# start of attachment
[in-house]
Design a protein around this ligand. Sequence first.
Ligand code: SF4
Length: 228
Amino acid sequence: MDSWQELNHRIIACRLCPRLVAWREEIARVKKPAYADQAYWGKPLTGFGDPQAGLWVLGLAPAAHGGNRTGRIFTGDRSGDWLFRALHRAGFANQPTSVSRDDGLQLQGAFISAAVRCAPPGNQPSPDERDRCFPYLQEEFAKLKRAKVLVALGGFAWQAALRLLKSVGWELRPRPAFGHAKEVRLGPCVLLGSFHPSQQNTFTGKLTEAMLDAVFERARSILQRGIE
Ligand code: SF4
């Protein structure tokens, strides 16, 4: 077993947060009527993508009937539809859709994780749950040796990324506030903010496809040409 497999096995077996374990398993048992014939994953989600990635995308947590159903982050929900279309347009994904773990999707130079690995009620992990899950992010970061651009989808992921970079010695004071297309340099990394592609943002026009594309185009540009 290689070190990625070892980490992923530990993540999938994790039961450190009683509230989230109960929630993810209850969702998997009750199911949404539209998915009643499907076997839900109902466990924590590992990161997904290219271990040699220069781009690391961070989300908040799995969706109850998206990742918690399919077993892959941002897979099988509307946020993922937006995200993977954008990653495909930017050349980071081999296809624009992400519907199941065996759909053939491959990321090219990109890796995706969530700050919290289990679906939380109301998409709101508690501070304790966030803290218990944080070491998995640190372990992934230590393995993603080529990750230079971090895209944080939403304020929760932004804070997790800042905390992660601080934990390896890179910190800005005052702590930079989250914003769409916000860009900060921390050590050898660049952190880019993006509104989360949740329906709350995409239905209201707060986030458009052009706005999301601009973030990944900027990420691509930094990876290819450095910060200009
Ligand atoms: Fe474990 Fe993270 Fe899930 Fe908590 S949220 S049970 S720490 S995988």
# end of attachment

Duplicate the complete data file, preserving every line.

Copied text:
[in-house]
Design a protein around this ligand. Sequence first.
Ligand code: SF4
Length: 228
Amino acid sequence: MDSWQELNHRIIACRLCPRLVAWREEIARVKKPAYADQAYWGKPLTGFGDPQAGLWVLGLAPAAHGGNRTGRIFTGDRSGDWLFRALHRAGFANQPTSVSRDDGLQLQGAFISAAVRCAPPGNQPSPDERDRCFPYLQEEFAKLKRAKVLVALGGFAWQAALRLLKSVGWELRPRPAFGHAKEVRLGPCVLLGSFHPSQQNTFTGKLTEAMLDAVFERARSILQRGIE
Ligand code: SF4
């Protein structure tokens, strides 16, 4: 077993947060009527993508009937539809859709994780749950040796990324506030903010496809040409 497999096995077996374990398993048992014939994953989600990635995308947590159903982050929900279309347009994904773990999707130079690995009620992990899950992010970061651009989808992921970079010695004071297309340099990394592609943002026009594309185009540009 290689070190990625070892980490992923530990993540999938994790039961450190009683509230989230109960929630993810209850969702998997009750199911949404539209998915009643499907076997839900109902466990924590590992990161997904290219271990040699220069781009690391961070989300908040799995969706109850998206990742918690399919077993892959941002897979099988509307946020993922937006995200993977954008990653495909930017050349980071081999296809624009992400519907199941065996759909053939491959990321090219990109890796995706969530700050919290289990679906939380109301998409709101508690501070304790966030803290218990944080070491998995640190372990992934230590393995993603080529990750230079971090895209944080939403304020929760932004804070997790800042905390992660601080934990390896890179910190800005005052702590930079989250914003769409916000860009900060921390050590050898660049952190880019993006509104989360949740329906709350995409239905209201707060986030458009052009706005999301601009973030990944900027990420691509930094990876290819450095910060200009
Ligand atoms: Fe474990 Fe993270 Fe899930 Fe908590 S949220 S049970 S720490 S995988």